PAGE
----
The primary activities of the Postdoctoral Fellow or Research Associate include:

  • Provide overall project leadership for a public engagement research project as outlined in a funded CIHR grant
  • Work with the investigative team and project stakeholders on framing questions and other planning aspects of public engagement
  • Lead event planning and production of materials for public engagement
  • Analyse transcripts and other information gathered during the public engagement event
  • Prepare academic material and knowledge translation material based on these analyses
  • Assess ability of PopData to embed public engagement in its ongoing work

More details.​

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Funded PhD: Northern Food Systems

Lakehead University, in partnership with the Laurier Centre for Sustainable Food Systems and the Food: Locally Embedded, Globally Engaged (FLEdGE) project, is looking for an exceptional candidate to undertake PhD research on issues of northern food systems sustainability. We are offering funding of $10,000/year for four years (providing satisfactory performance). Additional funding may be available through a Graduate Assistant position and/or scholarships, as determined by the admitting program. Given the scope and potential impacts of northern food systems, it is particularly critical to understand their dynamics as they emerge and evolve in response to their surroundings within a context geared primarily toward the dominant agri-industrial system. Issues of focus may include, northern food policy, diverse governance systems, alternative food networks, Indigenous food sovereignty, regional agricultural and land-based identity, and harvesting, forest and freshwater foods. Familiarity with and/or interest in complex adaptive systems theory would be considered an asset. The successful Ph.D. candidate will be expected to actively work toward establishing a strong publication record, assist in seeking external funding, and work effectively in the multi-disciplinary field of northern food systems sustainability including stakeholder/community partners.

To apply for this position, please send a letter of interest, a CV, transcripts and the names of two references via email to Charles Levkoe by no later than December 1, 2016. Candidates will also need to apply (by the appropriate deadline) to undertake their PhD in either Forestry Sciences or Psychological Sciences at Lakehead University. The student will support ongoing research on northern food systems and research from the Food Security Research Network starting in September 2017.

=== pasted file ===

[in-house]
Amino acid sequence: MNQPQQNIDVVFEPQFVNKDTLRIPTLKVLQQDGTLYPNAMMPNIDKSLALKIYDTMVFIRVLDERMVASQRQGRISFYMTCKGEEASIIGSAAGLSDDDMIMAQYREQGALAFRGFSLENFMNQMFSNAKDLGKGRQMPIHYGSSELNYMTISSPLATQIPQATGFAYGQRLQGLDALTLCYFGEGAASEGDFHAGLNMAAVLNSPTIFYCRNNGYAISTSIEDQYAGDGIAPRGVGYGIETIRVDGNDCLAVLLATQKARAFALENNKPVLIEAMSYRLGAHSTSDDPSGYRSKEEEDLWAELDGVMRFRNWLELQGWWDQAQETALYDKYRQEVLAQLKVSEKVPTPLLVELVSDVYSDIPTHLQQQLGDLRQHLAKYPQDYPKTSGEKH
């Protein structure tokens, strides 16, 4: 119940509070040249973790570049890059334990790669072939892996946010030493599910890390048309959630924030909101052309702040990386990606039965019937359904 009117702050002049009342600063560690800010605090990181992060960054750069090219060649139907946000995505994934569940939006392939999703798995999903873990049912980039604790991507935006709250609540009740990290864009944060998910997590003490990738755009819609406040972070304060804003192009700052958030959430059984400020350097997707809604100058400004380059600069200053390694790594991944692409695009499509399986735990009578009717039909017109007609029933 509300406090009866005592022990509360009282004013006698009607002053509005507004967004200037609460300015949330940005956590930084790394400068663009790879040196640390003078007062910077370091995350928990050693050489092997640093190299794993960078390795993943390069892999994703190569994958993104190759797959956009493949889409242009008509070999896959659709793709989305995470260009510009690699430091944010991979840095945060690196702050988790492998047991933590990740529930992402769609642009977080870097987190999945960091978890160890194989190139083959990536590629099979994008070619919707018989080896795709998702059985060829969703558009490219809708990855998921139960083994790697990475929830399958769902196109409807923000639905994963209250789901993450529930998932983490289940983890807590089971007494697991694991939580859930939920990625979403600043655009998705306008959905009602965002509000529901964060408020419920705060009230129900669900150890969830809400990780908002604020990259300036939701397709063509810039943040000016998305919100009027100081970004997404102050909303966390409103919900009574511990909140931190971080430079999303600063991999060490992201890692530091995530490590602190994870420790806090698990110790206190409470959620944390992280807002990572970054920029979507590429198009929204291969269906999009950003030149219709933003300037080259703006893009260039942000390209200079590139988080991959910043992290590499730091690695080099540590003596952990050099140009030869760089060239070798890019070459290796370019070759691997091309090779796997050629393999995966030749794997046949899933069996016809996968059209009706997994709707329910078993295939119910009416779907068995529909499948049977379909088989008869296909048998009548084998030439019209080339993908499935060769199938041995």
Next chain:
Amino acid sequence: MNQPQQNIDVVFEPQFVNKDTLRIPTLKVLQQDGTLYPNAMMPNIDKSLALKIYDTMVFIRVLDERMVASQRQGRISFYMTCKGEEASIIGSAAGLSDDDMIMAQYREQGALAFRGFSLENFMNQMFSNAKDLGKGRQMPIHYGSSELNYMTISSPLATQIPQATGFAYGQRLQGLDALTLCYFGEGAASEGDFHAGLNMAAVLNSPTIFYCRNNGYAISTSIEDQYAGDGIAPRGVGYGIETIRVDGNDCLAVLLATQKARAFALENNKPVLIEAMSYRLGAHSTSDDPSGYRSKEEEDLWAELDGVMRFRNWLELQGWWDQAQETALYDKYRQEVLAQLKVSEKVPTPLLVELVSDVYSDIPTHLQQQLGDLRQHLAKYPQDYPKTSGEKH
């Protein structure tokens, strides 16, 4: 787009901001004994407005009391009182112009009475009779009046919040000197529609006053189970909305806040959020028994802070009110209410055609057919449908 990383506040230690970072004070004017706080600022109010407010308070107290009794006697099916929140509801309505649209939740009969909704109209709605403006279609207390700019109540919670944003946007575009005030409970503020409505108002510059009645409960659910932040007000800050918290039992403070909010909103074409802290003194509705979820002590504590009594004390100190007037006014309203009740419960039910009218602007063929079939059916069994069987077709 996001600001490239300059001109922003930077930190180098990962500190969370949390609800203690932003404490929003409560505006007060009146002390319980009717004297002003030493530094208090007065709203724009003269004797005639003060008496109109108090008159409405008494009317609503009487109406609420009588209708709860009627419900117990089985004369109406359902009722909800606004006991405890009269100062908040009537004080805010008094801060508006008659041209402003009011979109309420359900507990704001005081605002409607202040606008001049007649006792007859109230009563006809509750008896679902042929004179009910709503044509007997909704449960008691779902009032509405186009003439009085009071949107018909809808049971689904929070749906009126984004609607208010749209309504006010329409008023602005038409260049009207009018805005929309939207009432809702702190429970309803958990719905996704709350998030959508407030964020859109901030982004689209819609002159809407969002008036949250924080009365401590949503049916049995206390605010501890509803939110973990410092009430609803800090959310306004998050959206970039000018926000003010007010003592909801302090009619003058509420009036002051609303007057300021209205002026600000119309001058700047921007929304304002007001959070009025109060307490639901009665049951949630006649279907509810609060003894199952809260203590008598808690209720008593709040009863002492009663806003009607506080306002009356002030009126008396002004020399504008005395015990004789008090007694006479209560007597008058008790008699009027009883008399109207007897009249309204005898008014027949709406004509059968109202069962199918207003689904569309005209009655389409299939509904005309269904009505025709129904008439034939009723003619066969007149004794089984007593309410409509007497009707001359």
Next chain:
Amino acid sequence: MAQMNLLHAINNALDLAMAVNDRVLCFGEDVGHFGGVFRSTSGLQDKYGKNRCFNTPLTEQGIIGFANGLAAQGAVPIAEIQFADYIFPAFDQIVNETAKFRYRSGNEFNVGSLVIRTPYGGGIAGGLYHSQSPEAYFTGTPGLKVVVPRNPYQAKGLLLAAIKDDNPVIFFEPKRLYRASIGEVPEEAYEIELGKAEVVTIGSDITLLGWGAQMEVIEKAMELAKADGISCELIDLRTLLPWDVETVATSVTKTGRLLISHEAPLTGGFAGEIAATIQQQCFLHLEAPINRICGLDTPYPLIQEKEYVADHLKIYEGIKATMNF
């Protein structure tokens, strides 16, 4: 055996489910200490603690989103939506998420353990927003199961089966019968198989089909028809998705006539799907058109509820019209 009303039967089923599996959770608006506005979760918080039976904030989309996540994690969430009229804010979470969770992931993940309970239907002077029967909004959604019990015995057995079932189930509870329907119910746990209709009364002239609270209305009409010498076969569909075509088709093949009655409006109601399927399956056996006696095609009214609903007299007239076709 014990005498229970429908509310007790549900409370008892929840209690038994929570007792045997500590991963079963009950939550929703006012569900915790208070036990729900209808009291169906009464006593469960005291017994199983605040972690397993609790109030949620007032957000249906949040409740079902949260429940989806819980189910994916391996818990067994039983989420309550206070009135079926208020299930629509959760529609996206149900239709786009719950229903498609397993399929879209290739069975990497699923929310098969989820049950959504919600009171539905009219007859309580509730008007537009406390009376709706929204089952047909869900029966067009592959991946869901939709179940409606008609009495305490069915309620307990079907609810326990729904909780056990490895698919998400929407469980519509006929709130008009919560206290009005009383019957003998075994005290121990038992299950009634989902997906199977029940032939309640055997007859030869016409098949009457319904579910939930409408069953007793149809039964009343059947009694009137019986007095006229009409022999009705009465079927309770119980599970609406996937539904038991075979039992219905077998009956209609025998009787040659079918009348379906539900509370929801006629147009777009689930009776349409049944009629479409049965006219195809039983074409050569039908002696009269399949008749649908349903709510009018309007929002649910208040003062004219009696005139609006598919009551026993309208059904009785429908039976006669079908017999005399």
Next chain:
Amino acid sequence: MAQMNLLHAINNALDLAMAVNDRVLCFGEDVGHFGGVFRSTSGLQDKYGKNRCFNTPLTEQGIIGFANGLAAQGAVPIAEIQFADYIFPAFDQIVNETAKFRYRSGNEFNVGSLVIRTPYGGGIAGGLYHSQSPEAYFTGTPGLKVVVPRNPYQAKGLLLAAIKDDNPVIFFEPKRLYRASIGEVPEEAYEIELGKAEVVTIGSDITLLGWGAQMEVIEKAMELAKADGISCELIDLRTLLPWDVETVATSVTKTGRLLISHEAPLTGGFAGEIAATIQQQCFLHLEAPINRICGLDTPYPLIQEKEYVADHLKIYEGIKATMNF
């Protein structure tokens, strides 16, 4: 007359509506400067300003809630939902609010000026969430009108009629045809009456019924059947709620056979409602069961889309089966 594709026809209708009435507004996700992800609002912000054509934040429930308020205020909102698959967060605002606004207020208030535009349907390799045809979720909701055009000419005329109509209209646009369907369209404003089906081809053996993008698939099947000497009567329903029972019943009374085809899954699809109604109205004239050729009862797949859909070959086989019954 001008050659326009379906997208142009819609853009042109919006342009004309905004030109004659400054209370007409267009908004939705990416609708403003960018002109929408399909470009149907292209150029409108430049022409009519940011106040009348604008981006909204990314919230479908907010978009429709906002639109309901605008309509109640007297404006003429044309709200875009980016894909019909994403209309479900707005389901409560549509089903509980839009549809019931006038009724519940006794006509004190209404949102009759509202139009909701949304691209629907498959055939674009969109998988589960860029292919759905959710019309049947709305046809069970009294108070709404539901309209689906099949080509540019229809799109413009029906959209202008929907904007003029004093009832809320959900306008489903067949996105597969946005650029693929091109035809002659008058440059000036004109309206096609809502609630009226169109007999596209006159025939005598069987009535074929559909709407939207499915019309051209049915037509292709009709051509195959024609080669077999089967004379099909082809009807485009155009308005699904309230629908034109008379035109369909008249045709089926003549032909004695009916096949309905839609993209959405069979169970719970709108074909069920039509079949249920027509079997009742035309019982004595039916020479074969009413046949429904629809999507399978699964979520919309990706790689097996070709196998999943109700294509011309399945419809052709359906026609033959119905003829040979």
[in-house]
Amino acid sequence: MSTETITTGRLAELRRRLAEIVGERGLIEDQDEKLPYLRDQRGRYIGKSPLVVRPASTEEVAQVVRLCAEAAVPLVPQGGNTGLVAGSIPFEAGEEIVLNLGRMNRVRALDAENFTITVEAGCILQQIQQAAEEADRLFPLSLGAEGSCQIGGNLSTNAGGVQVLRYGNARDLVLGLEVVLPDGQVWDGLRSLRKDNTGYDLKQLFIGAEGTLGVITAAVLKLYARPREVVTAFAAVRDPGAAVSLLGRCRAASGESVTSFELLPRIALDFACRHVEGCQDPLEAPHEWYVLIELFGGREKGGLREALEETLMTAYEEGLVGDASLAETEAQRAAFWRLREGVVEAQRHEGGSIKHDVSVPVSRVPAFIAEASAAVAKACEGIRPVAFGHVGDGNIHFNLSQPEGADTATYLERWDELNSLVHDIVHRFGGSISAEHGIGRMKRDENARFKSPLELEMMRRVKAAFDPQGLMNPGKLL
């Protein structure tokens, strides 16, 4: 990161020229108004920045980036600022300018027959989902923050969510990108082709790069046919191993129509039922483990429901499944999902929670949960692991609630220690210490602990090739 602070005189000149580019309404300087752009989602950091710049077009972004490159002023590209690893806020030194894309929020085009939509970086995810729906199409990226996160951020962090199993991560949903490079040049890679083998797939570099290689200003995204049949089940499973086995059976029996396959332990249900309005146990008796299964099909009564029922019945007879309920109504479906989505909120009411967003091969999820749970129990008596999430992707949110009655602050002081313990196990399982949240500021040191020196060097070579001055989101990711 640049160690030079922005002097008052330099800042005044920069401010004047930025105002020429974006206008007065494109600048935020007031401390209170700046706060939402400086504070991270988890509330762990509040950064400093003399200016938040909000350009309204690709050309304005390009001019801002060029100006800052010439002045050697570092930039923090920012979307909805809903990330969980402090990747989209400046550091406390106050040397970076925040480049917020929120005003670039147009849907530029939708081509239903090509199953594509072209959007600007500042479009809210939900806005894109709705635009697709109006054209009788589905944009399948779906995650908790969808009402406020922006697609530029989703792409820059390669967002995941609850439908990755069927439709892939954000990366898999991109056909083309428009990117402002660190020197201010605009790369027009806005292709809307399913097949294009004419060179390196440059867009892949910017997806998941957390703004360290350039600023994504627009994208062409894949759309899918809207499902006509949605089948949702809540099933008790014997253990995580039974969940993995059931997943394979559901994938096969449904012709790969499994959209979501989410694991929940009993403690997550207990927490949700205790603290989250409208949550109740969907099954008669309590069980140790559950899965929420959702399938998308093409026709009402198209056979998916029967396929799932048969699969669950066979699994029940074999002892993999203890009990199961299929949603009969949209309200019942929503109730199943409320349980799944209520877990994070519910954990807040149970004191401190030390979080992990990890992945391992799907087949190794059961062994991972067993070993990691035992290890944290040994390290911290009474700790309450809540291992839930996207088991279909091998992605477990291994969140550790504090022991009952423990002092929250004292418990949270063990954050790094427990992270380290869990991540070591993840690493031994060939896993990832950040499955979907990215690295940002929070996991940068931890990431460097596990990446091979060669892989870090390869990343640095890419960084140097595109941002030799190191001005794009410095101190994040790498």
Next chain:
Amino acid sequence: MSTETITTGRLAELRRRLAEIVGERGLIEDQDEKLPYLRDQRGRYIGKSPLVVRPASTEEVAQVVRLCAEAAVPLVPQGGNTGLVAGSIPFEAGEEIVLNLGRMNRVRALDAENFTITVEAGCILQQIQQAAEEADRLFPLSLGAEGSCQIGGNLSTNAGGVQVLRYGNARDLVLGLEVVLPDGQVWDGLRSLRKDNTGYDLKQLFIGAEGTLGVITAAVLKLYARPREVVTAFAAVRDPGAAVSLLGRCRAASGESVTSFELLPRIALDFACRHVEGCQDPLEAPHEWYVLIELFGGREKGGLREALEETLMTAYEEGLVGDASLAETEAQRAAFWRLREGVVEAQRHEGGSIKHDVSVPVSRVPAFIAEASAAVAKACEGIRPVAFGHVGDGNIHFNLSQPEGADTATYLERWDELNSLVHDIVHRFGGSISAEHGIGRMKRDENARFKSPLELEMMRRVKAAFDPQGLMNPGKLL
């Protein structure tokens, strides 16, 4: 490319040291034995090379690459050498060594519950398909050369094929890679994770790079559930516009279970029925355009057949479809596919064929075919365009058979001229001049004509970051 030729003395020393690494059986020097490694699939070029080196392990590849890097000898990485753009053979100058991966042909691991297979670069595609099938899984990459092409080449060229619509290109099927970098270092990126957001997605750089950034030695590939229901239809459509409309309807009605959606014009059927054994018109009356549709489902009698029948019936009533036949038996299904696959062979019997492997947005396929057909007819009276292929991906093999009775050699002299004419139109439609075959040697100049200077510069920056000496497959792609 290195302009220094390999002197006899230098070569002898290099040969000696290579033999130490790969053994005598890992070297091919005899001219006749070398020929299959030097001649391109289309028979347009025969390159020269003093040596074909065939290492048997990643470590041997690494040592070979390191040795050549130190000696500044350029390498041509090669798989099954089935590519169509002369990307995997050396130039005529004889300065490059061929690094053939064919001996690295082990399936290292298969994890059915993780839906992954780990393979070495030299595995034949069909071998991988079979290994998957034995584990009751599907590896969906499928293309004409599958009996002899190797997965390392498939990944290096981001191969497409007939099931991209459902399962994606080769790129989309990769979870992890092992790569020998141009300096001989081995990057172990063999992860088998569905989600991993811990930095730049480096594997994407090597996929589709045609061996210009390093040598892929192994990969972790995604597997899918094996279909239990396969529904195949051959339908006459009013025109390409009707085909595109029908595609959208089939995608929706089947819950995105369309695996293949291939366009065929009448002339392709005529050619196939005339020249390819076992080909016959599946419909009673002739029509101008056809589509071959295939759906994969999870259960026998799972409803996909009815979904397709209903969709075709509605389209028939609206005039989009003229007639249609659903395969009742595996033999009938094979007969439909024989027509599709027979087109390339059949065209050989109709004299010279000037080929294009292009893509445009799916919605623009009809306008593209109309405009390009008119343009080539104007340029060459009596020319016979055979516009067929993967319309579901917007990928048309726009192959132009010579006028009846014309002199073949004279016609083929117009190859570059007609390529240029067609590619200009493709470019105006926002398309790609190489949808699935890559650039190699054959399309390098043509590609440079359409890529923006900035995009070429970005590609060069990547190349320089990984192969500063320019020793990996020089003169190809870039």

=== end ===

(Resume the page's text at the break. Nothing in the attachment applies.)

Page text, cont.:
For more information on the potential supervisors:

Charles Z Levkoe https://www.lakeheadu.ca/users/L/clevkoe

Rebecca Schiff https://www.lakeheadu.ca/users/S/rschiff

Connie Nelson https://www.lakeheadu.ca/users/N/cnelson

Mirella Stroink https://www.lakeheadu.ca/users/S/mstroink

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Post-doc: International Studies

University of Denver Post-Doctoral Fellow - Korbel School of International Studies: The Sié Center is a center of excellence within the Josef Korbel School that leads research, education and policy programs focused on global peace and security. Eight faculty, visiting and post-doctoral scholars, and over 40 Korbel MA and PhD students contribute to the Center's activities. While at the Sié Center, post-doctoral fellows have opportunities to work with Center faculty and graduate students, engage with relevant policy practitioners, and receive clerical and research/travel support sufficient to allow the completion of a major research product. Fellows will be expected to attend and contribute to a seminar series and engage with other program initiatives including conferences, commentary, and publications.

Position Summary: The Sié Chéou-Kang Center for International Security and Diplomacy at the University of Denver's Josef Korbel School of International Studies has openings in its post-doctoral fellows program, dependent on funding. We will accept applications from candidates who specialize in global peace and security (broadly construed) but are particularly interested in those doing policy relevant research on the effects of inclusion on violence, peace-building, and governance. Fellows will engage in their own research, participate in center activities, and have opportunities to contribute to collaborative research designed to inform (and be informed by) contemporary policy concerns and strategies. The Fellowship will begin September 1, 2017. Post-doctoral fellows will spend one academic year at the Sié Center.

Candidates must apply online through www.du.edu/jobs to be considered. Only applications submitted online will be accepted. Once within the job description online, please click New Resume/CV at the bottom of the page to begin application. The fellowship carries an annual stipend of $42,000, access to additional professional development, travel, $3,000 in research support, and a comprehensive benefits package.

Please include the following documents with your application:
  1. Letter of application
  2. Curriculum vitae
  3. Writing sample
  4. Two letters of recommendation 

Send directly to Jill Schmieder Hereau.

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Logan Cochrane

logan.cochrane@gmail.com